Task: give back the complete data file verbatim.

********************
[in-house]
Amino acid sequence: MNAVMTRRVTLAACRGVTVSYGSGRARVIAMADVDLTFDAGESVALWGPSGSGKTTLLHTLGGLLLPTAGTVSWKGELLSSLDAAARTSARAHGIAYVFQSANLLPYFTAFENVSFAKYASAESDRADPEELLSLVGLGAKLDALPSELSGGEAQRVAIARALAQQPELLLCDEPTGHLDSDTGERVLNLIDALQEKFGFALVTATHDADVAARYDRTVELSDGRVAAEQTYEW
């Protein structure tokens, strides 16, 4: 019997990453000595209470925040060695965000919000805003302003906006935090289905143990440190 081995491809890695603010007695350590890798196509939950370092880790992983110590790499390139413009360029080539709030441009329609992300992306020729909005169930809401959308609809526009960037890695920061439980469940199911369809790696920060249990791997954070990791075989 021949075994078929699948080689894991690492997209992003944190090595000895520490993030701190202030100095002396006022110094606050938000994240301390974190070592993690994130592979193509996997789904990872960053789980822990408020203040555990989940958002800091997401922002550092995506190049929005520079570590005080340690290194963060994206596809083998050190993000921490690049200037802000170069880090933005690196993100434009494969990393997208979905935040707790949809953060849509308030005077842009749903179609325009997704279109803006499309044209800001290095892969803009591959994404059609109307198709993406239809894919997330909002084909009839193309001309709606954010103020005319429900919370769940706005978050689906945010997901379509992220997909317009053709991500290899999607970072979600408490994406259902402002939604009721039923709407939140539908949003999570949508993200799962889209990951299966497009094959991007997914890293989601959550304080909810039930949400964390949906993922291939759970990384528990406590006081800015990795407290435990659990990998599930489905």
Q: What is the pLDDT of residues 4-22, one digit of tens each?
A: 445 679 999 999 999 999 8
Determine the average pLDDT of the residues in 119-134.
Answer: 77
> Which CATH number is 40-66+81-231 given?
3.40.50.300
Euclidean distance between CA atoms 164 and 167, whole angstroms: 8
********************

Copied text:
[in-house]
Amino acid sequence: MNAVMTRRVTLAACRGVTVSYGSGRARVIAMADVDLTFDAGESVALWGPSGSGKTTLLHTLGGLLLPTAGTVSWKGELLSSLDAAARTSARAHGIAYVFQSANLLPYFTAFENVSFAKYASAESDRADPEELLSLVGLGAKLDALPSELSGGEAQRVAIARALAQQPELLLCDEPTGHLDSDTGERVLNLIDALQEKFGFALVTATHDADVAARYDRTVELSDGRVAAEQTYEW
């Protein structure tokens, strides 16, 4: 019997990453000595209470925040060695965000919000805003302003906006935090289905143990440190 081995491809890695603010007695350590890798196509939950370092880790992983110590790499390139413009360029080539709030441009329609992300992306020729909005169930809401959308609809526009960037890695920061439980469940199911369809790696920060249990791997954070990791075989 021949075994078929699948080689894991690492997209992003944190090595000895520490993030701190202030100095002396006022110094606050938000994240301390974190070592993690994130592979193509996997789904990872960053789980822990408020203040555990989940958002800091997401922002550092995506190049929005520079570590005080340690290194963060994206596809083998050190993000921490690049200037802000170069880090933005690196993100434009494969990393997208979905935040707790949809953060849509308030005077842009749903179609325009997704279109803006499309044209800001290095892969803009591959994404059609109307198709993406239809894919997330909002084909009839193309001309709606954010103020005319429900919370769940706005978050689906945010997901379509992220997909317009053709991500290899999607970072979600408490994406259902402002939604009721039923709407939140539908949003999570949508993200799962889209990951299966497009094959991007997914890293989601959550304080909810039930949400964390949906993922291939759970990384528990406590006081800015990795407290435990659990990998599930489905």
Q: What is the pLDDT of residues 4-22, one digit of tens each?
A: 445 679 999 999 999 999 8
Determine the average pLDDT of the residues in 119-134.
Answer: 77
> Which CATH number is 40-66+81-231 given?
3.40.50.300
Euclidean distance between CA atoms 164 and 167, whole angstroms: 8